IT has proved to be a brilliantly simple idea.

Take a postcard and upload it onto Twitter, together with a short snippet of the message written on it.

That's exactly what postcard collector Tom Jackson decided to do – and to his surprise and delight, it touched a nerve.

The Northern Echo: SUGGESTIVE: Sent from Podgora, Croatia, the message reads: "Hope you have some luck at you know what"

SUGGESTIVE: Sent from Podgora, Croatia, the message reads: "Hope you have some luck at you know what"

His ingenious concept has proved so successful that his Twitter account Postcard From The Past (@PastPostcard) now has more than 45,000 followers.

And the best of them have recently been collected into a charming book.

Tom uploads up to a dozen cards to Twitter each day. Every one of his tweets features a real postcard, with an extract from the letter scribbled on the back.

He tells me that he soon realised that the limitations of social media could work in his favour.

"It struck me that things that work on Twitter tend to be short messages with a picture – obviously very much like a postcard is," he says.

"I put a couple up, but I couldn't include the whole message because Twitter limits the number of characters you can have.

"By making the quote isolated like that it created an interest. People started buying into it and big names started retweeting it, so I decided to keep going."

By posing just a fragment of the whole message, taken out of context, Tom says it makes what has been written somehow stronger. The best of them, he argues have an artistic, or even a literary quality to them.

The postcards he tweets date mainly from the 1960s and 70s and evoke memories from what Tom calls the second golden age of postcard sending – the first was before the First World War – when holidays, especially foreign holidays, started to become more affordable.

They have been described as "relics of forgotten times".

"I think nostalgia is a big part of it because the pictures can be quite resonant," says Tom.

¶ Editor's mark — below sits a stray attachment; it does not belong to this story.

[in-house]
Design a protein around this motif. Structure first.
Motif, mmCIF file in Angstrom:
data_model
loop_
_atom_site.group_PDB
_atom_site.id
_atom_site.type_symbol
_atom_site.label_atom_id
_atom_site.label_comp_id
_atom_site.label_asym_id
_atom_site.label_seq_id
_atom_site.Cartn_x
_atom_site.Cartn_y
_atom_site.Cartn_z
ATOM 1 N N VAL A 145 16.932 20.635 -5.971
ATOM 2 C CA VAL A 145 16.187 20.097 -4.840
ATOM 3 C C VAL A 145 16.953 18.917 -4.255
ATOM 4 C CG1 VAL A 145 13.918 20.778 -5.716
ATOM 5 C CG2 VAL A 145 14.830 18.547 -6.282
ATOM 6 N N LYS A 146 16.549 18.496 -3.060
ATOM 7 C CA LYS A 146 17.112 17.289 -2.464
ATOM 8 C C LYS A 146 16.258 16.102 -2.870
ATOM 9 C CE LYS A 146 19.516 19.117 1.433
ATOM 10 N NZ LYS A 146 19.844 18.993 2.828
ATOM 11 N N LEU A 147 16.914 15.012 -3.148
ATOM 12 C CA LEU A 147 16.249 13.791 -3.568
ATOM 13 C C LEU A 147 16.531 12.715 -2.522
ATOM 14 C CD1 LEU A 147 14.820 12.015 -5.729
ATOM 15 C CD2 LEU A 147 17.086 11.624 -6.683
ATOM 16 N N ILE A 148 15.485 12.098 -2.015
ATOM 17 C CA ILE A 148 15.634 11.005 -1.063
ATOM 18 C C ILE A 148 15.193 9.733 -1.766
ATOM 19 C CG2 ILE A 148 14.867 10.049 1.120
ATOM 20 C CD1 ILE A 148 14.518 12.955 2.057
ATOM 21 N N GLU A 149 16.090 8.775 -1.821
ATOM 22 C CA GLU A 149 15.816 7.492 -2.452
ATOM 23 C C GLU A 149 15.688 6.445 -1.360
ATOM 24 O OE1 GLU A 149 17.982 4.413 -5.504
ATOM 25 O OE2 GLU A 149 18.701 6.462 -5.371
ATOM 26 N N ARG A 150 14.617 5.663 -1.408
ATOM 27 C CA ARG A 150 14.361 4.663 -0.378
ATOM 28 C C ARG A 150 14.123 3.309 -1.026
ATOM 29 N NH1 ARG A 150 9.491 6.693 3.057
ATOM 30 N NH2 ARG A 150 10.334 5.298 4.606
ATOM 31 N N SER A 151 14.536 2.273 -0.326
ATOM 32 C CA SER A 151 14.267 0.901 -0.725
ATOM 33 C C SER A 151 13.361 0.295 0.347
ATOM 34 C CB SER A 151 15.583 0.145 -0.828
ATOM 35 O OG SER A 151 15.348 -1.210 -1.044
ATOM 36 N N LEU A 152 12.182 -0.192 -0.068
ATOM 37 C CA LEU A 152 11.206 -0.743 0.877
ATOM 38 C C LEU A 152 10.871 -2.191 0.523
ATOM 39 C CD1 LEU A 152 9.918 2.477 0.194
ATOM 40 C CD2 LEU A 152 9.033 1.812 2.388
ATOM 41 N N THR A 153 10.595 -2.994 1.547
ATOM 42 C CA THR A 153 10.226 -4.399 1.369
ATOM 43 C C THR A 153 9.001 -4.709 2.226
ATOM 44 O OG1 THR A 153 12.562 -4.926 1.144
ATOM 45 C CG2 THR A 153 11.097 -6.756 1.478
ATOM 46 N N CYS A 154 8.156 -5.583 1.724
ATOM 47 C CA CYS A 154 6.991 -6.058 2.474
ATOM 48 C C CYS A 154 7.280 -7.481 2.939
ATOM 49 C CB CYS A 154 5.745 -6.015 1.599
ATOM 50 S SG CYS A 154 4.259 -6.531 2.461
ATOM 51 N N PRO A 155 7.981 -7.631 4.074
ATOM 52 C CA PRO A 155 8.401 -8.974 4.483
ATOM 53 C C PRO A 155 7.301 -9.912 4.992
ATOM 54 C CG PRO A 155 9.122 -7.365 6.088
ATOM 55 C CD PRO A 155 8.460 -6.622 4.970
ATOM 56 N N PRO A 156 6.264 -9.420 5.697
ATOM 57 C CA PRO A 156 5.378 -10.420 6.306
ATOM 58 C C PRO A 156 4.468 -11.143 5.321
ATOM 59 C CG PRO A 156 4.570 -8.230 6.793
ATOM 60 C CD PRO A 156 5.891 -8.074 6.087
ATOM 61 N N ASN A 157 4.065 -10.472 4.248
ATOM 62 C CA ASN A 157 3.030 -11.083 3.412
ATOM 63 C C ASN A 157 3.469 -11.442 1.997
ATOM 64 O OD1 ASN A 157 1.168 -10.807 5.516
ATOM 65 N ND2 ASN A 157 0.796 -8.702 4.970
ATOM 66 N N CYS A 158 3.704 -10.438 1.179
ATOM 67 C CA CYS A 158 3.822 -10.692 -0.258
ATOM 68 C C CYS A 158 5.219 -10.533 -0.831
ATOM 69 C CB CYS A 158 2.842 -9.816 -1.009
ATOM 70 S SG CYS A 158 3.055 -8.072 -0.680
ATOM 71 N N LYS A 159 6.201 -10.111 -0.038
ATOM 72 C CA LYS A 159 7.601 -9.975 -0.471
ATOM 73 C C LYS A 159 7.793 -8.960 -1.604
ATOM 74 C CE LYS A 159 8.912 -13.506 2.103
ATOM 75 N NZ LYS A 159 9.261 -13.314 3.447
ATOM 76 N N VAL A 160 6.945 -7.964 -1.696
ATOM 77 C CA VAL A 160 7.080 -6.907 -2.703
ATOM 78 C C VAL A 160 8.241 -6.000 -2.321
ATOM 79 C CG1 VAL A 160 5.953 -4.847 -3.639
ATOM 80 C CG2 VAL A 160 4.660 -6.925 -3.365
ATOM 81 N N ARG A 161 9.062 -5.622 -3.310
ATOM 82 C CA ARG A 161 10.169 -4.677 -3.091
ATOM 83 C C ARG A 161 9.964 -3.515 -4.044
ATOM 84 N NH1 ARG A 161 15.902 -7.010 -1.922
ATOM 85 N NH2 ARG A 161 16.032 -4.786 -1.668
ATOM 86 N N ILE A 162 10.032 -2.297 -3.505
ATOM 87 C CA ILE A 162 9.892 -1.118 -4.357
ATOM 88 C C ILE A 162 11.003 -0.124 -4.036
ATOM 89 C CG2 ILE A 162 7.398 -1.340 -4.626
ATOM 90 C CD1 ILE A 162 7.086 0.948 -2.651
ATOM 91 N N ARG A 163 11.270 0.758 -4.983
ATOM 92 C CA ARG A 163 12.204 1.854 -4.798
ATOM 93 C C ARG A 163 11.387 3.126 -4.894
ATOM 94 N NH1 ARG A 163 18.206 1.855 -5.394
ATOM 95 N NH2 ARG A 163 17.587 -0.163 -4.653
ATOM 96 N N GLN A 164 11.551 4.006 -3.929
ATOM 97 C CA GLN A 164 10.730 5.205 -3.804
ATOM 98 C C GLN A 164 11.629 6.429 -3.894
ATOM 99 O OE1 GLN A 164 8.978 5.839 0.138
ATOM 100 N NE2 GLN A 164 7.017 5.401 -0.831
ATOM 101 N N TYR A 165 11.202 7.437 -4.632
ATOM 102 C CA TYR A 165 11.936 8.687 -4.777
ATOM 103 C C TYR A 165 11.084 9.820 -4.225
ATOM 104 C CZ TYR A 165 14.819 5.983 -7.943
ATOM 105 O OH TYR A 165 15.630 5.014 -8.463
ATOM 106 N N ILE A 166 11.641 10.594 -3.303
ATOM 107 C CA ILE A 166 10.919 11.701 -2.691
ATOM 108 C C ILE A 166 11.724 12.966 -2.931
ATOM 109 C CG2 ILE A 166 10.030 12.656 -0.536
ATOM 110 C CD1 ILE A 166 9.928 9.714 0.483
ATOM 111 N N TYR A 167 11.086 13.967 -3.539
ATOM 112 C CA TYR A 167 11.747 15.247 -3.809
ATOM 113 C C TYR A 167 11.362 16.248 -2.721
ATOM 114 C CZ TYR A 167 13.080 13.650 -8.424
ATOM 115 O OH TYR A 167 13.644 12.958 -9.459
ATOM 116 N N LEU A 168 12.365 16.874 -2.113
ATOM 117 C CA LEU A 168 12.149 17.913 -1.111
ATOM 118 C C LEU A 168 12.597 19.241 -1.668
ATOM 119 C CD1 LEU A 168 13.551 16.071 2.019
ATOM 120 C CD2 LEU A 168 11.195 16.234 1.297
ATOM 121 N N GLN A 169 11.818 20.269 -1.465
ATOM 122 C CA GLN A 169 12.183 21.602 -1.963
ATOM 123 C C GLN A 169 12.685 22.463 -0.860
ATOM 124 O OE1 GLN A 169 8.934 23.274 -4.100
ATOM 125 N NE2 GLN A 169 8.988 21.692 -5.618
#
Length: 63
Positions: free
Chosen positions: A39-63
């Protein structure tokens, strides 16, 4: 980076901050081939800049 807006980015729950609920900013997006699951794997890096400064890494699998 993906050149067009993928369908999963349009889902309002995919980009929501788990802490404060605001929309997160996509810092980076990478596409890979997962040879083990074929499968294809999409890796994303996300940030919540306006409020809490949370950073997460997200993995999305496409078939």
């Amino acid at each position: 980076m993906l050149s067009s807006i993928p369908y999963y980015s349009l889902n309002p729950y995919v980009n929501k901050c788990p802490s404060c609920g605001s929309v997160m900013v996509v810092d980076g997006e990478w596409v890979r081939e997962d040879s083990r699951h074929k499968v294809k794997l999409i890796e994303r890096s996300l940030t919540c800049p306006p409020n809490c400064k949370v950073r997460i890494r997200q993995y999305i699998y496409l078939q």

"But also I think it's because people don't sent postcards any more. The quotes are funny and people find it amusing.

"The other thing is, I think a lot of stuff on Twitter is quite clever, witty, sharp and trying to make a point or out-do people. It's quite a combative place and these pop up and I think they can seem quite refreshing. They're quite simple in a way and poignant."

The book is a collection of 151 cards, with reviewers praising the result as "sublimely funny", " six by four inch portions of pure heaven", "poignant and deeply creepy"– but most often "hilarious".

And you can see what they mean.

Some of the quotes hint at a minor disaster, like the holidaymaker who reports: "Have had to have four injections in rump," on a card sent from Mallorca in Spain.

Others have a more sinister element: "I call our tent Slaughter Corner," is the menacing message on the back of a card carrying an image of a desolate Welsh hillside

Some writers are simply informative, like the revelation: "Saw Donald Sinden sitting in a cafe," on a card from Snowdonia.

And then there is the bizarre – for example, a card sent from the Yorkshire Dales, which reads: "Huge hordes of wild sheep, cows and rabbits ready to attack at any time."

A few wouldn't look out of place in a Carry On film: "The proprietor had an organ a bit like Uncle George's," is the bulletin on a card send from Gard, in France, while one can only guess what the writer who scrawled: "Hope you have had some luck at you know what," on a card from Croatia was implying.

Certain writers are clearly just going through the motions: "I can't explain what it's like here. So I won't bother," is the half-hearted effort from a sender in the Scilly Isles.

But perhaps the most satisfying are the poetic missives, like the holidaymaker in Turkey who penned: "Life here is full of tomorrows."

This is just a small example of the abstract gems contained on every page of this most unusual of books.

And it is the tip of the iceberg of a much larger store of these mini masterpieces.

Tom has been collecting postcards for years and has "many thousands" of them – plenty of material for him to draw on to continue delighting his Twitter audience for some time to come.

Of course, not all of the postcards are useable. Tom estimates he can post less than ten per cent of his collection on Twitter.

"Most postcards are boring," he admits. "The job I'm doing is to find the good bits."

  • Postcard From The Past by Tom Jackson is published by Fourth Estate, priced £9.99.